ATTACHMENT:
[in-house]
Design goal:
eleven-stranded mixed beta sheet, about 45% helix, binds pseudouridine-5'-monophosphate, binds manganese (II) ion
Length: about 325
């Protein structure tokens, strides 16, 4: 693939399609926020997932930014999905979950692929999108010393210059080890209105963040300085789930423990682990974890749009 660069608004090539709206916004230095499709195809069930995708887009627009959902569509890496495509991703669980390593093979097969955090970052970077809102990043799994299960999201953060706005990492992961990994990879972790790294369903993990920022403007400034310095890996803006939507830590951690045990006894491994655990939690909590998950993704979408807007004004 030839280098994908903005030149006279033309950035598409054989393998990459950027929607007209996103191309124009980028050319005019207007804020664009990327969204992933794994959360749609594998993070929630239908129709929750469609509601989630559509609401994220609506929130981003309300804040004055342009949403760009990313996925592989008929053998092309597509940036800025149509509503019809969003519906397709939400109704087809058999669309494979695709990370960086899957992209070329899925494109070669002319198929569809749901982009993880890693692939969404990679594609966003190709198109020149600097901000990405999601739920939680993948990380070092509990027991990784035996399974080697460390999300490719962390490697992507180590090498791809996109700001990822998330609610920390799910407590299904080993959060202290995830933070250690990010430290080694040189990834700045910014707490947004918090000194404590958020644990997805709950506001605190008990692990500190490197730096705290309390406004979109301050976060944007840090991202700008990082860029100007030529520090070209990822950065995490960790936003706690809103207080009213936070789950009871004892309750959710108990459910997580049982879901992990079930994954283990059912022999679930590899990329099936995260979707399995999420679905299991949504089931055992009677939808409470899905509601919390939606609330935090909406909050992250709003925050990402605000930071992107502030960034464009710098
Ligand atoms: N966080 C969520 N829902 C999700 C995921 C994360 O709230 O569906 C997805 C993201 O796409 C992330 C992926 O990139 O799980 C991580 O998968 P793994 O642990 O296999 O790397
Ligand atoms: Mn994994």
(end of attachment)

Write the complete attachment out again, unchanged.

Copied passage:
[in-house]
Design goal:
eleven-stranded mixed beta sheet, about 45% helix, binds pseudouridine-5'-monophosphate, binds manganese (II) ion
Length: about 325
């Protein structure tokens, strides 16, 4: 693939399609926020997932930014999905979950692929999108010393210059080890209105963040300085789930423990682990974890749009 660069608004090539709206916004230095499709195809069930995708887009627009959902569509890496495509991703669980390593093979097969955090970052970077809102990043799994299960999201953060706005990492992961990994990879972790790294369903993990920022403007400034310095890996803006939507830590951690045990006894491994655990939690909590998950993704979408807007004004 030839280098994908903005030149006279033309950035598409054989393998990459950027929607007209996103191309124009980028050319005019207007804020664009990327969204992933794994959360749609594998993070929630239908129709929750469609509601989630559509609401994220609506929130981003309300804040004055342009949403760009990313996925592989008929053998092309597509940036800025149509509503019809969003519906397709939400109704087809058999669309494979695709990370960086899957992209070329899925494109070669002319198929569809749901982009993880890693692939969404990679594609966003190709198109020149600097901000990405999601739920939680993948990380070092509990027991990784035996399974080697460390999300490719962390490697992507180590090498791809996109700001990822998330609610920390799910407590299904080993959060202290995830933070250690990010430290080694040189990834700045910014707490947004918090000194404590958020644990997805709950506001605190008990692990500190490197730096705290309390406004979109301050976060944007840090991202700008990082860029100007030529520090070209990822950065995490960790936003706690809103207080009213936070789950009871004892309750959710108990459910997580049982879901992990079930994954283990059912022999679930590899990329099936995260979707399995999420679905299991949504089931055992009677939808409470899905509601919390939606609330935090909406909050992250709003925050990402605000930071992107502030960034464009710098
Ligand atoms: N966080 C969520 N829902 C999700 C995921 C994360 O709230 O569906 C997805 C993201 O796409 C992330 C992926 O990139 O799980 C991580 O998968 P793994 O642990 O296999 O790397
Ligand atoms: Mn994994």